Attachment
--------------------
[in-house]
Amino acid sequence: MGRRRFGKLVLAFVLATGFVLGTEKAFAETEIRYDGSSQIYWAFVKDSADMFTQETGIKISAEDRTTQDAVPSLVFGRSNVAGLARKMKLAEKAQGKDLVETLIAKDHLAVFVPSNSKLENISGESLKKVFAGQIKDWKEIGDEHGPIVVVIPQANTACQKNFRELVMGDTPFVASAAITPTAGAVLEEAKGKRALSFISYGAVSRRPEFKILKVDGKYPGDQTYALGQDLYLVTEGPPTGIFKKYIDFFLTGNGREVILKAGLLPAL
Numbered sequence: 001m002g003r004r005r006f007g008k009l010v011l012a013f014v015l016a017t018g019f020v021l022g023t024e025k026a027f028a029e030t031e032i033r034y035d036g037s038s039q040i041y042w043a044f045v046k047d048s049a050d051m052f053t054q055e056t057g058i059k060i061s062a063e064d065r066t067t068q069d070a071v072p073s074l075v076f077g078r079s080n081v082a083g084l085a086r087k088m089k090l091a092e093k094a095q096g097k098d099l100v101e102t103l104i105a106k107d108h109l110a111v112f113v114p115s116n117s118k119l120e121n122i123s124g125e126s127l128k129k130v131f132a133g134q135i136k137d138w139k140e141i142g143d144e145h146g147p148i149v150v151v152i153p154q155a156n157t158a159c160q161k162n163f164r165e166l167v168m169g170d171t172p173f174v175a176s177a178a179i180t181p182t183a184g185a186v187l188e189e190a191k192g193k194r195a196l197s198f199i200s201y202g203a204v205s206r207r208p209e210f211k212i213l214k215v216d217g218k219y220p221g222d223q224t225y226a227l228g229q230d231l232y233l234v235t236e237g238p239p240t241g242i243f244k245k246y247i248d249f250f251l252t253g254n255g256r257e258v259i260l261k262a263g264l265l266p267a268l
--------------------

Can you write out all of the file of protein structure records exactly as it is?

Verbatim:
[in-house]
Amino acid sequence: MGRRRFGKLVLAFVLATGFVLGTEKAFAETEIRYDGSSQIYWAFVKDSADMFTQETGIKISAEDRTTQDAVPSLVFGRSNVAGLARKMKLAEKAQGKDLVETLIAKDHLAVFVPSNSKLENISGESLKKVFAGQIKDWKEIGDEHGPIVVVIPQANTACQKNFRELVMGDTPFVASAAITPTAGAVLEEAKGKRALSFISYGAVSRRPEFKILKVDGKYPGDQTYALGQDLYLVTEGPPTGIFKKYIDFFLTGNGREVILKAGLLPAL
Numbered sequence: 001m002g003r004r005r006f007g008k009l010v011l012a013f014v015l016a017t018g019f020v021l022g023t024e025k026a027f028a029e030t031e032i033r034y035d036g037s038s039q040i041y042w043a044f045v046k047d048s049a050d051m052f053t054q055e056t057g058i059k060i061s062a063e064d065r066t067t068q069d070a071v072p073s074l075v076f077g078r079s080n081v082a083g084l085a086r087k088m089k090l091a092e093k094a095q096g097k098d099l100v101e102t103l104i105a106k107d108h109l110a111v112f113v114p115s116n117s118k119l120e121n122i123s124g125e126s127l128k129k130v131f132a133g134q135i136k137d138w139k140e141i142g143d144e145h146g147p148i149v150v151v152i153p154q155a156n157t158a159c160q161k162n163f164r165e166l167v168m169g170d171t172p173f174v175a176s177a178a179i180t181p182t183a184g185a186v187l188e189e190a191k192g193k194r195a196l197s198f199i200s201y202g203a204v205s206r207r208p209e210f211k212i213l214k215v216d217g218k219y220p221g222d223q224t225y226a227l228g229q230d231l232y233l234v235t236e237g238p239p240t241g242i243f244k245k246y247i248d249f250f251l252t253g254n255g256r257e258v259i260l261k262a263g264l265l266p267a268l